To fly or to cruise
Flights typically cost about double the price of multi-day riverboat journeys, give or take. While this might sound like a lot (and it is to the locals), the difference between the two might only be US$50 or so. If sleeping in a hammock and doing nothing on a boat for several days doesn’t sound like your cup of tea, then cough up the extra cash and hop on a one-hour flight instead.
Bring a hammock
Unless you opt for one of the very limited and much more expensive private cabins, you’ll be sleeping on deck in a hammock like everyone else. These are not provided so be sure to pick one up from the local hammock store of the port city from which you will depart.
Make a packing list
Aside from the hammock, there are a couple of essential things to pack. You’ll definitely want some mosquito repellent, unless you enjoy being eaten alive. Sunscreen is a necessity for lazy afternoon beers on the upper deck. Toilet paper and a few liters of water aren’t a bad idea either. Also, bring plenty of snacks like fruits and nuts to compliment the rather nutritionally uninspiring boat food.
Get there on time
Riverboat journeys only depart every couple of days or so, or even as infrequently as once per week. Be sure to arrive at the port city on time unless you want to wait until Sunday for the next departure.
Find a good spot
Hammock space works on a first-come-best-served basis, so try to rock up a good six hours before departure time to secure a good spot. On some trips, porters are on hand to help travelers find the optimal hammock position as well as carry their bags in return for a small tip. This service is totally worth it, for a well positioned hammock will make the journey infinitely more enjoyable. In short, aim for the middle deck as far away from the engine, bar and toilets as possible.
Smile and make friends
You’ll be spending three or more days with your fellow travelers so it pays to make an effort. Be especially friendly towards your immediate neighbors, because once onside they will help keep an eye on your belongings. Besides, with little more to do than stare at the river for several days, it’s worth having some mates to have a yarn with. Most passengers won’t speak any English so this is the perfect chance to brush up on your Portuguese.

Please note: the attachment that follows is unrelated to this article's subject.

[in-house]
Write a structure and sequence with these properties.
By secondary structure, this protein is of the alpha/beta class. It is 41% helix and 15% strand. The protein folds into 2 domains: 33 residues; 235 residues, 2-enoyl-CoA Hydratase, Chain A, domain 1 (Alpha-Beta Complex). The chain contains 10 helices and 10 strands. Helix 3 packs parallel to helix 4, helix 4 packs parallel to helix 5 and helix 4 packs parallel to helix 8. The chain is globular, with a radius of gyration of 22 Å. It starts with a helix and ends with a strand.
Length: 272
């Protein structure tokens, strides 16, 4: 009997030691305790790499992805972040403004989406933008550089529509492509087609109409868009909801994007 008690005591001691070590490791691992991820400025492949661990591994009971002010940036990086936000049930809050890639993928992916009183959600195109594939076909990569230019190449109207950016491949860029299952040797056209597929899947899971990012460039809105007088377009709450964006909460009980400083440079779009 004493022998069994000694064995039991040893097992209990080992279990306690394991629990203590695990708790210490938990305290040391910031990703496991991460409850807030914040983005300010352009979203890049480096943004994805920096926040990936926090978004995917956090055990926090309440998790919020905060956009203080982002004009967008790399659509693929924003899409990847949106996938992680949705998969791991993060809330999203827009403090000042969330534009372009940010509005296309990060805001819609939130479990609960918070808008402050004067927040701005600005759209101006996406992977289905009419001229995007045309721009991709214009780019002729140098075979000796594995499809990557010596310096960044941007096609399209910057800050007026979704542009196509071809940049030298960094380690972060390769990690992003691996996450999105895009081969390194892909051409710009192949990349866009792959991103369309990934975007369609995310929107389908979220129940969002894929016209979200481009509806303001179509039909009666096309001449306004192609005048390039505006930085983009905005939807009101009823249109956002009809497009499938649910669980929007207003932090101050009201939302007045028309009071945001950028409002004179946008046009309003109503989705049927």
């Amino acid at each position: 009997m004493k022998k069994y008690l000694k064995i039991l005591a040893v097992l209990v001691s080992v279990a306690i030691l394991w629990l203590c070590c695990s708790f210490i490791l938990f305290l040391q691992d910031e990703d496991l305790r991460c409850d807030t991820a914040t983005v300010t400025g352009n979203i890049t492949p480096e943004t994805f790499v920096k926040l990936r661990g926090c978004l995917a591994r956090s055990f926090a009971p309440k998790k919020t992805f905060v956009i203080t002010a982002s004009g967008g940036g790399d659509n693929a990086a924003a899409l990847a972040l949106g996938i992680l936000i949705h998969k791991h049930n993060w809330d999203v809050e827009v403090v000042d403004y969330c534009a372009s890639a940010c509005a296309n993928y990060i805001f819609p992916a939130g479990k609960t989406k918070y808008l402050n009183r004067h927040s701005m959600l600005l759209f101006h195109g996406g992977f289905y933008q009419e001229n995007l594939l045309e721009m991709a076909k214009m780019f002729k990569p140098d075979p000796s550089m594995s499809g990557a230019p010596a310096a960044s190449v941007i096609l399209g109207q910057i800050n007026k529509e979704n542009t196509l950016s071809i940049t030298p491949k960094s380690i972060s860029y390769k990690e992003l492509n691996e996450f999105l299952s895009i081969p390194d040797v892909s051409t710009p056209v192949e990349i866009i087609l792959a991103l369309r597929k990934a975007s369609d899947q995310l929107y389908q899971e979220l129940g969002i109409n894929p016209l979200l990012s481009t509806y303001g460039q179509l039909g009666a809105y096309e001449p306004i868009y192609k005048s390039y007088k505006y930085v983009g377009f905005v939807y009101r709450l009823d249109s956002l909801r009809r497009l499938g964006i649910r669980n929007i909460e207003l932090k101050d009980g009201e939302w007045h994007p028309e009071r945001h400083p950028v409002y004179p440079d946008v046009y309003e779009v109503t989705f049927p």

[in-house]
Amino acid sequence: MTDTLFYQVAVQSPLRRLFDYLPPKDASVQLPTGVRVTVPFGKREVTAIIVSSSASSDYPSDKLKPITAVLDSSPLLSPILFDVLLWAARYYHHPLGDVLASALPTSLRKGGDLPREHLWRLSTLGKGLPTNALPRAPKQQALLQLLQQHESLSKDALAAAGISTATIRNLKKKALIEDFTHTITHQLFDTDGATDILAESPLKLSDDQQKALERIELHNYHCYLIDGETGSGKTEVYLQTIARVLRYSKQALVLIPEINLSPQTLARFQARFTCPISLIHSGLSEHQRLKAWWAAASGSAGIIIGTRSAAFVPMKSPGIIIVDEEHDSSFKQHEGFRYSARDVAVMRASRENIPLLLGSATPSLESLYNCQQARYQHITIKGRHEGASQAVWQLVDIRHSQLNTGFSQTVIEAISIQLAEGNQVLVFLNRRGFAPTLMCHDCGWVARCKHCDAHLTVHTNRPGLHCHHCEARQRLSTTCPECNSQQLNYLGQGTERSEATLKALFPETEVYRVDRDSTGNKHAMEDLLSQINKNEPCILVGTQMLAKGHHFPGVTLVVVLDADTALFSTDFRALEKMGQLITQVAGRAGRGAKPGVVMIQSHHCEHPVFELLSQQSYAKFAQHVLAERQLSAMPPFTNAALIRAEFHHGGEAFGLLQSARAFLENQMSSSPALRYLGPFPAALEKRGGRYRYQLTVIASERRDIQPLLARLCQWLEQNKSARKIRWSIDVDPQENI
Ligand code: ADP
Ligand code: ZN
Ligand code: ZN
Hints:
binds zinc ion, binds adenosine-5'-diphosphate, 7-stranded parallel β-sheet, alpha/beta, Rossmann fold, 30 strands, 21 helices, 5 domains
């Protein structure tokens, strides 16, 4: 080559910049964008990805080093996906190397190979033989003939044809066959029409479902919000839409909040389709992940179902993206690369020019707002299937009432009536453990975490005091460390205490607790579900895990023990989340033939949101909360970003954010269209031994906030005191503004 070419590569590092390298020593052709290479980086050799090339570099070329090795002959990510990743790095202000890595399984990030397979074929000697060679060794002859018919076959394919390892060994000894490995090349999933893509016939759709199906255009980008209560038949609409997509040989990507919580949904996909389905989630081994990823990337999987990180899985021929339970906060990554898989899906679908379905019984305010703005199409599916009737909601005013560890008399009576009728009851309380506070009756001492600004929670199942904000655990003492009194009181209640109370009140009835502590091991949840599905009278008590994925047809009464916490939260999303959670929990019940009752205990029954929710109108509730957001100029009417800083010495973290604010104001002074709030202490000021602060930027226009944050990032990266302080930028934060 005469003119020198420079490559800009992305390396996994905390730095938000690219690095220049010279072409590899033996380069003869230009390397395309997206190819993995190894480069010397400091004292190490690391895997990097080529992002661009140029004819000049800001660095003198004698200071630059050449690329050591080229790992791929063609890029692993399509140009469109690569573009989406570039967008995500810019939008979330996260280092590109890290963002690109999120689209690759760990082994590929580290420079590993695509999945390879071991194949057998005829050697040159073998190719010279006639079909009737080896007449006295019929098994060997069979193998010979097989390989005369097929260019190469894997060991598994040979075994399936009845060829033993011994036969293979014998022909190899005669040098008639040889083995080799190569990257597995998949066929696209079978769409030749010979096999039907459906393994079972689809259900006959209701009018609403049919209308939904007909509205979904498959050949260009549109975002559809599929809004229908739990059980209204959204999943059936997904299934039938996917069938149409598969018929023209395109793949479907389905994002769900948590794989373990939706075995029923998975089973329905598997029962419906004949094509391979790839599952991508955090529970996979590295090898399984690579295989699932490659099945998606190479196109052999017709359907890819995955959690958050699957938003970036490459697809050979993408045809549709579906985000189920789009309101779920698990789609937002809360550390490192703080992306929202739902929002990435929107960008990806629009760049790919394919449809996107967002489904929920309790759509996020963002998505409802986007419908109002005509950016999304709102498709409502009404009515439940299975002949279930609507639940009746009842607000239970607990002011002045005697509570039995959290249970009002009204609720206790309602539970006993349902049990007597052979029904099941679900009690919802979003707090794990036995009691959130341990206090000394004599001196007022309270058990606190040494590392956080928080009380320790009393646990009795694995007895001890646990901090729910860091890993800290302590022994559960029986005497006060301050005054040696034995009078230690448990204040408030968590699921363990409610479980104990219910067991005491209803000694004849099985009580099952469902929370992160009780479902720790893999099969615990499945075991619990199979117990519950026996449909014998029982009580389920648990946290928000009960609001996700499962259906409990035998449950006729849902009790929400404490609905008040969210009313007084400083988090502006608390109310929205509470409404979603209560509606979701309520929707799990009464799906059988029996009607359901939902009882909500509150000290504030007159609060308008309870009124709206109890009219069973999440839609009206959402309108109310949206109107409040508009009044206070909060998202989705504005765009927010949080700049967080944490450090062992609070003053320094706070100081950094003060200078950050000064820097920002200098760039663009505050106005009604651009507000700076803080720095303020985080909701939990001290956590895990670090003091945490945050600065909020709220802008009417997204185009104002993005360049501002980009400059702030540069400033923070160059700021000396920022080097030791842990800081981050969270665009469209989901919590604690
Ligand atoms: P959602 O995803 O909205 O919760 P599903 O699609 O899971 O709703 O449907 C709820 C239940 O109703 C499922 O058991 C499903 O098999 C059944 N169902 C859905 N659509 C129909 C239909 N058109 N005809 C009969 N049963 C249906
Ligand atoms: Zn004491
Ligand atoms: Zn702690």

Keep an eye out for thieves
Almost all your fellow passengers will be hard working and honest people. Unfortunately, however, from time to time someone will embark with bad intentions and see a foreigner as the ideal cash cow. Always keep your irreplaceable belongings on your person and lock your bags with a padlock. These are obviously not fool proof measures, but they do provide a deterrent against would be thieves.
Watch what you eat
Many ships offer buffet lunches and dinners which are sometimes included in the price of the ticket. Although these may be tempting, they should be approached with caution. If the food looks like it has been sitting out in the heat too long, it probably has. Opt for freshly cooked a la carte dishes when in doubt.
Bring a paperback
There is no cellphone reception on these journeys and very few (if any) places to charge electronic devices. With several days to do pretty much nothing, it’s worth bringing along a novel to pass the time.
Patience is a virtue
Let’s say according to your itinerary you’ll arrive in Manaus at 9pm on Thursday. Do not, under any circumstances, rely on this information. Any number of issues can cause boats to get held up by a day or more, and they often do. Be sure to leave plenty of leeway in your travel plans and don’t be surprised if you arrive well behind schedule.
Have realistic expectations
You may be sailing down the Amazon (which is awesome), but remember you will be on public transportation. This is not a Hollywood film let alone a sightseeing cruise, so don’t expect to encounter jaguars, anacondas and tribes of spear throwing natives. The occasional dolphin might swim by and you may see some colorful bird life, but on the whole, these are uneventful trips designed to ferry passengers from A to B.